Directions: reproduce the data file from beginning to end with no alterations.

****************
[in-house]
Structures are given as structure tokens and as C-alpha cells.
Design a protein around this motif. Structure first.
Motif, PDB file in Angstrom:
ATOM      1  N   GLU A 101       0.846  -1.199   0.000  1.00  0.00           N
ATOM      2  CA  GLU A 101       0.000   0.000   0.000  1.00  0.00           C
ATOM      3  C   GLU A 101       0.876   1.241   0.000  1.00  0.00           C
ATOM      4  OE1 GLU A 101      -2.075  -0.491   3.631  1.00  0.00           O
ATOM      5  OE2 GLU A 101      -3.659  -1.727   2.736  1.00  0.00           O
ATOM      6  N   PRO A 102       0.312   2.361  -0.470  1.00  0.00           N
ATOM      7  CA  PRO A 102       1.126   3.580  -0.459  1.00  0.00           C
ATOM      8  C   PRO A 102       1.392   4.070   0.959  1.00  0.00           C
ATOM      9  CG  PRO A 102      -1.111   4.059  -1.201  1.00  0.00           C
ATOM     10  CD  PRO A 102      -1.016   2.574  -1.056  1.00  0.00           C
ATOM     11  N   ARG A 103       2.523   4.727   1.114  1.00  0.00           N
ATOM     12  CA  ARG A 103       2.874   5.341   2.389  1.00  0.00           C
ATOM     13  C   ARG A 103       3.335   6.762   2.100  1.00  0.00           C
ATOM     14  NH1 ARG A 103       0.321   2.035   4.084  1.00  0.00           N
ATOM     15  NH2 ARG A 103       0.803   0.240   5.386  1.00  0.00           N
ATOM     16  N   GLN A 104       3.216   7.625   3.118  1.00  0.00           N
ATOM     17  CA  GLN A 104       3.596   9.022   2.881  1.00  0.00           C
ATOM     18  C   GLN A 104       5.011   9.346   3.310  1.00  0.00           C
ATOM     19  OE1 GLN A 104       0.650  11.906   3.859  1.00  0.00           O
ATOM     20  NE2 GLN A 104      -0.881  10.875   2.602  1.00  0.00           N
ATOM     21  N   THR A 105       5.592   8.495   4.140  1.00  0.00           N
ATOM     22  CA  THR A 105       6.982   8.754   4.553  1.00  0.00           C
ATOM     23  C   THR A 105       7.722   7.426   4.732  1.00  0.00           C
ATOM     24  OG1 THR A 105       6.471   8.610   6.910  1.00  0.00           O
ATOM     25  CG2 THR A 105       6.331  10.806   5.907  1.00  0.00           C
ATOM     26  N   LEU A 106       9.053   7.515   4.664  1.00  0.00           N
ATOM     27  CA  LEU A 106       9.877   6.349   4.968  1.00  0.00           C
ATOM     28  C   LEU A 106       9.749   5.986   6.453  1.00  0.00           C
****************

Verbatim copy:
[in-house]
Structures are given as structure tokens and as C-alpha cells.
Design a protein around this motif. Structure first.
Motif, PDB file in Angstrom:
ATOM      1  N   GLU A 101       0.846  -1.199   0.000  1.00  0.00           N
ATOM      2  CA  GLU A 101       0.000   0.000   0.000  1.00  0.00           C
ATOM      3  C   GLU A 101       0.876   1.241   0.000  1.00  0.00           C
ATOM      4  OE1 GLU A 101      -2.075  -0.491   3.631  1.00  0.00           O
ATOM      5  OE2 GLU A 101      -3.659  -1.727   2.736  1.00  0.00           O
ATOM      6  N   PRO A 102       0.312   2.361  -0.470  1.00  0.00           N
ATOM      7  CA  PRO A 102       1.126   3.580  -0.459  1.00  0.00           C
ATOM      8  C   PRO A 102       1.392   4.070   0.959  1.00  0.00           C
ATOM      9  CG  PRO A 102      -1.111   4.059  -1.201  1.00  0.00           C
ATOM     10  CD  PRO A 102      -1.016   2.574  -1.056  1.00  0.00           C
ATOM     11  N   ARG A 103       2.523   4.727   1.114  1.00  0.00           N
ATOM     12  CA  ARG A 103       2.874   5.341   2.389  1.00  0.00           C
ATOM     13  C   ARG A 103       3.335   6.762   2.100  1.00  0.00           C
ATOM     14  NH1 ARG A 103       0.321   2.035   4.084  1.00  0.00           N
ATOM     15  NH2 ARG A 103       0.803   0.240   5.386  1.00  0.00           N
ATOM     16  N   GLN A 104       3.216   7.625   3.118  1.00  0.00           N
ATOM     17  CA  GLN A 104       3.596   9.022   2.881  1.00  0.00           C
ATOM     18  C   GLN A 104       5.011   9.346   3.310  1.00  0.00           C
ATOM     19  OE1 GLN A 104       0.650  11.906   3.859  1.00  0.00           O
ATOM     20  NE2 GLN A 104      -0.881  10.875   2.602  1.00  0.00           N
ATOM     21  N   THR A 105       5.592   8.495   4.140  1.00  0.00           N
ATOM     22  CA  THR A 105       6.982   8.754   4.553  1.00  0.00           C
ATOM     23  C   THR A 105       7.722   7.426   4.732  1.00  0.00           C
ATOM     24  OG1 THR A 105       6.471   8.610   6.910  1.00  0.00           O
ATOM     25  CG2 THR A 105       6.331  10.806   5.907  1.00  0.00           C
ATOM     26  N   LEU A 106       9.053   7.515   4.664  1.00  0.00           N
ATOM     27  CA  LEU A 106       9.877   6.349   4.968  1.00  0.00           C
ATOM     28  C   LEU A 106       9.749   5.986   6.453  1.00  0.00           C